Obama also referenced the five years McCain endured as a prisoner of war in Vietnam.
“Few of us have been tested the way John once was, or required to show the kind of courage that he did. But all of us can aspire to the courage to put together the greater good above our own,” he continued. “At John’s best, he showed us what that means. And, for that, we are all in his debt.”
He finished off the message by saying he and his wife, Michelle Obama, send their condolences to the McCain family.
6 p.m.: Arizona state troopers to accompany Sen. John McCain body to Phoenix
Arizona Department of Public Safety vehicles were gathered at the end of the road leading to the family’s private ranch Saturday evening shortly after news of his 4:28 p.m. death.
6 p.m.: Cindy McCain: McCain passed ‘on his own terms’
Cindy McCain said in a tweet her husband “passed the way he lived, on his own terms, surrounded by the people he loved, in the place he loved.”
She reflected on their nearly four decades of marriage.
“I am so lucky to have lived this adventure of loving this incredible man for 38 years.”
5:45 p.m.: Meghan McCain remembers father as ‘hero of the republic and to his little girl’
McCain’s daughter, Meghan McCain mourned the death of her father in a sentimental Twitter post.
“I was with my father at his end, as he was with me at my beginning,” she wrote. “In the thirty-three years we shared together, he raised me, taught me, corrected me, comforted me, encouraged me and supported me in all things. He loved me, and I loved him. His love and his care, ever present, always unfailing, took me from a girl to a woman – and he showed me what it is to be a man.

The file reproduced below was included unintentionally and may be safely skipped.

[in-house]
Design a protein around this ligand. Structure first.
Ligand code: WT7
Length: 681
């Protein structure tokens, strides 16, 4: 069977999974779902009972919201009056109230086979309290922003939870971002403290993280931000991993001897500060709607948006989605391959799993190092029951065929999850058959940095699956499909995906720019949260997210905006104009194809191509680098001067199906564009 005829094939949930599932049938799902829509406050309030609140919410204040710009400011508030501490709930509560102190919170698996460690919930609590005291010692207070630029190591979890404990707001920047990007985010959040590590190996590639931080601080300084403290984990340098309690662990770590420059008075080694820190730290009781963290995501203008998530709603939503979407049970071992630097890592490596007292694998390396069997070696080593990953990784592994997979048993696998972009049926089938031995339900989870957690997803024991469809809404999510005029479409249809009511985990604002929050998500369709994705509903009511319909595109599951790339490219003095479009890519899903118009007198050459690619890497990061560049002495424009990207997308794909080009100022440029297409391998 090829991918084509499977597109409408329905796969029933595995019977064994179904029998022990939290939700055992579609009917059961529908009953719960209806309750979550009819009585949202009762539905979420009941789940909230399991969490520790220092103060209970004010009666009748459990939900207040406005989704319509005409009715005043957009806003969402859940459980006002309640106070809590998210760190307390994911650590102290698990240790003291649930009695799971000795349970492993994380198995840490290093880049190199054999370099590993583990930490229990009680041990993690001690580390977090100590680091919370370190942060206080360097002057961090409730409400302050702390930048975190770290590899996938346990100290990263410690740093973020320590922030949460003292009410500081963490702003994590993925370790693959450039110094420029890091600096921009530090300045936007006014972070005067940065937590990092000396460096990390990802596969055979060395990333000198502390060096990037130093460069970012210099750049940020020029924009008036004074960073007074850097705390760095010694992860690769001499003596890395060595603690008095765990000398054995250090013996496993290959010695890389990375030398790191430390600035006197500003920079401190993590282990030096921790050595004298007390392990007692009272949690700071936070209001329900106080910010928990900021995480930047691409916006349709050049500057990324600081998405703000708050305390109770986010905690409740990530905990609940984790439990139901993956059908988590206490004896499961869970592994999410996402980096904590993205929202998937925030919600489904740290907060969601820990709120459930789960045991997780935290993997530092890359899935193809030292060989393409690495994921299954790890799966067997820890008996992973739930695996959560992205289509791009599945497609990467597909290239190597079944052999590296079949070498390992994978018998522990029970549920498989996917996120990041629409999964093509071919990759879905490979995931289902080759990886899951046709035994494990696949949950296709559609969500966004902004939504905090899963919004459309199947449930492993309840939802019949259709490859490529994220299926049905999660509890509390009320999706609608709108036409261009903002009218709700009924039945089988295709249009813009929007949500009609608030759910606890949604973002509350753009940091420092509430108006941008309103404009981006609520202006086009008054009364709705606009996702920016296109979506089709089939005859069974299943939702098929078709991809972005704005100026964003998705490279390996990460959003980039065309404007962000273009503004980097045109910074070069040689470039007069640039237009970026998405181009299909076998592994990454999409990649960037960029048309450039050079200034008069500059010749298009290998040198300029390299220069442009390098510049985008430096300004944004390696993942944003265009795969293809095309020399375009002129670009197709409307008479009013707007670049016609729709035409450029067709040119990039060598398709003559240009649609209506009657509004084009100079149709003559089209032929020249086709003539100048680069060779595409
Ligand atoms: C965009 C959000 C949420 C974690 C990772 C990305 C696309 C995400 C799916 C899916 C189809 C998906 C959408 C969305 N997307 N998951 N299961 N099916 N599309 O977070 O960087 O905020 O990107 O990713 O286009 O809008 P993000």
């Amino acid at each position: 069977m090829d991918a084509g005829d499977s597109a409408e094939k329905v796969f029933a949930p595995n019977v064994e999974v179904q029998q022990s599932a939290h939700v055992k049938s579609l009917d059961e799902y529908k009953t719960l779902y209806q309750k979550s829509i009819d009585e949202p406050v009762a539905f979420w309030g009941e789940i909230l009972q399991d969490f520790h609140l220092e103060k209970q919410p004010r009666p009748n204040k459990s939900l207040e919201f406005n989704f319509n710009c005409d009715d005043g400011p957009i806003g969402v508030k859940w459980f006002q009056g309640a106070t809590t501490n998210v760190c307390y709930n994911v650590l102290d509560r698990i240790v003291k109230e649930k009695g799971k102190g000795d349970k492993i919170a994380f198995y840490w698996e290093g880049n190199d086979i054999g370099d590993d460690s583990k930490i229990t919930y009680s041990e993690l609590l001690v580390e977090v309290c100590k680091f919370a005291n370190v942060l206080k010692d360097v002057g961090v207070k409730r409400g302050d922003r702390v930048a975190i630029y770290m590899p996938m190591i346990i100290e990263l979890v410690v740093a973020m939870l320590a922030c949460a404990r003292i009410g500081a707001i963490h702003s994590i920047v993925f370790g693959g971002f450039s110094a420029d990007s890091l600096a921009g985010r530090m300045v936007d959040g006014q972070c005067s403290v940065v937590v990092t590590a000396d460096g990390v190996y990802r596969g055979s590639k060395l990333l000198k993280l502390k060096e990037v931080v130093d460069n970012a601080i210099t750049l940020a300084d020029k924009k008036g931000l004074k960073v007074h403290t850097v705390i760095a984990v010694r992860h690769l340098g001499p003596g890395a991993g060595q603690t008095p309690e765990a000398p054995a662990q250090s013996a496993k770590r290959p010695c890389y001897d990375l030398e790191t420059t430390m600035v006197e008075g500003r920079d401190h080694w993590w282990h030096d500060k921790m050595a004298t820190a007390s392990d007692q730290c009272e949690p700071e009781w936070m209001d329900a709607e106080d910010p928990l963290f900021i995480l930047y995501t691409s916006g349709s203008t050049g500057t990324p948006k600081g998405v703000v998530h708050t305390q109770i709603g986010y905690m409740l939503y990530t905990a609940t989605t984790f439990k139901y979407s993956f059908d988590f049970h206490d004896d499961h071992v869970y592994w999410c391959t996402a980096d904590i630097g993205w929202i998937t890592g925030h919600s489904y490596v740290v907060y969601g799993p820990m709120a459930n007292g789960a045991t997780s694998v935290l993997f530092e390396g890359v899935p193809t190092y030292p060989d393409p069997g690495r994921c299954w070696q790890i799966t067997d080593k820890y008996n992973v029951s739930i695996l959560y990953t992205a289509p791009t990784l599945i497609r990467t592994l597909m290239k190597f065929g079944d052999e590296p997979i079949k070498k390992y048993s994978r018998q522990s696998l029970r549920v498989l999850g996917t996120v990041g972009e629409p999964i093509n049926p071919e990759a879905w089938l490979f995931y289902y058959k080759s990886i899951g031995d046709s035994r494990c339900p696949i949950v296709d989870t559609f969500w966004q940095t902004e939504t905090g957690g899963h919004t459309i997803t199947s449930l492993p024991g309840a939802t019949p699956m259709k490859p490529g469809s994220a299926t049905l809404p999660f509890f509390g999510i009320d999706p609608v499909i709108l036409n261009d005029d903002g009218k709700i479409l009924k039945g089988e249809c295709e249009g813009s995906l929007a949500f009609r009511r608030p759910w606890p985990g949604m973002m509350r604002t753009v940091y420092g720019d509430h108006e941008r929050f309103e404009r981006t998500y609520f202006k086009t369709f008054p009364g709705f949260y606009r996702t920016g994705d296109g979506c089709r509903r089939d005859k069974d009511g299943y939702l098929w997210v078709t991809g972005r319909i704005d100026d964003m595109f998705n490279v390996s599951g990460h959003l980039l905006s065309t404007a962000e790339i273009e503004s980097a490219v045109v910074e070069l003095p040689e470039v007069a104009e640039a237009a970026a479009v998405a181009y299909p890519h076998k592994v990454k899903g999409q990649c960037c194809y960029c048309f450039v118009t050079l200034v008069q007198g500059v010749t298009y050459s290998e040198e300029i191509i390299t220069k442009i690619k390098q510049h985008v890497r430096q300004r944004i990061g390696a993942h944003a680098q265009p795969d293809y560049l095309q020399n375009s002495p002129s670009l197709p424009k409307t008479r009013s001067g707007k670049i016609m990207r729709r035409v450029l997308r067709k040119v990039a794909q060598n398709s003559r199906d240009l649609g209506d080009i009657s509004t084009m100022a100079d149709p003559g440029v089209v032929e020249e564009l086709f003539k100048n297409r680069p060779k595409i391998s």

All that I am is thanks to him. Now that he is gone, the task of my lifetime is to live up to his example, his expectations, and his love.
My father’s passing comes with sorrow and grief for me, for my mother, for my brothers, and for my sisters. He was a great fire who burned bright, and we lived in his light and warmth for so very long. We know that his flame lives on, in each of us. The days and years to come will not be the same without my dad – but they will be good days, filled with life and love, because of the example he lived for us.
Your prayers, for his soul and for our family, are sincerely appreciated.
My father is gone, and I miss him as only as an adoring daughter can. But in this loss, and in this sorry, I take comfort in this: John McCain, hero of the republic and to his little girl, wakes today to something more glorious than anything on earth. Today the warrior enters his true and eternal life, greeted by those who have gone before him, rising to meet the Author of All Things:
‘Their dream is ended: this is the morning’.”
5:30 p.m.: Gov. Ducey celebrates McCain’s ‘phenomenal life’
Gov. Doug Ducey released the following statement after McCain’s passing was announced:
“John McCain is one American who will never be forgotten.